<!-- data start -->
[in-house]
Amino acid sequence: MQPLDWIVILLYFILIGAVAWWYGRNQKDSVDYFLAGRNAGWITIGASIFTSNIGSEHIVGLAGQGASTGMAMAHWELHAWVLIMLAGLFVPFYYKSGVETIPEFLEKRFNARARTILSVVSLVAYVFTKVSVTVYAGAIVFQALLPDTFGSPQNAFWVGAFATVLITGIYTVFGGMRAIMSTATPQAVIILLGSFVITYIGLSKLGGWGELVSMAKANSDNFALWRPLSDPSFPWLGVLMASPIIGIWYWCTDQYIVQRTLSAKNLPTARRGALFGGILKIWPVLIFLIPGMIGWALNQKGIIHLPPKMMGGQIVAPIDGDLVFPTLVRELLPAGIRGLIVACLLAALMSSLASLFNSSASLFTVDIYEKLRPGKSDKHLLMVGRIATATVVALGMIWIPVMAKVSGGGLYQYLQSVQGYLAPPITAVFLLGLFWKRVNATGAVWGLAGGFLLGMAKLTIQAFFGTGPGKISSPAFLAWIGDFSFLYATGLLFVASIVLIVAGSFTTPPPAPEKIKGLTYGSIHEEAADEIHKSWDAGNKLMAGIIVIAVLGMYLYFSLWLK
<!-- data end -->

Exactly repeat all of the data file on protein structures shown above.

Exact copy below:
[in-house]
Amino acid sequence: MQPLDWIVILLYFILIGAVAWWYGRNQKDSVDYFLAGRNAGWITIGASIFTSNIGSEHIVGLAGQGASTGMAMAHWELHAWVLIMLAGLFVPFYYKSGVETIPEFLEKRFNARARTILSVVSLVAYVFTKVSVTVYAGAIVFQALLPDTFGSPQNAFWVGAFATVLITGIYTVFGGMRAIMSTATPQAVIILLGSFVITYIGLSKLGGWGELVSMAKANSDNFALWRPLSDPSFPWLGVLMASPIIGIWYWCTDQYIVQRTLSAKNLPTARRGALFGGILKIWPVLIFLIPGMIGWALNQKGIIHLPPKMMGGQIVAPIDGDLVFPTLVRELLPAGIRGLIVACLLAALMSSLASLFNSSASLFTVDIYEKLRPGKSDKHLLMVGRIATATVVALGMIWIPVMAKVSGGGLYQYLQSVQGYLAPPITAVFLLGLFWKRVNATGAVWGLAGGFLLGMAKLTIQAFFGTGPGKISSPAFLAWIGDFSFLYATGLLFVASIVLIVAGSFTTPPPAPEKIKGLTYGSIHEEAADEIHKSWDAGNKLMAGIIVIAVLGMYLYFSLWLK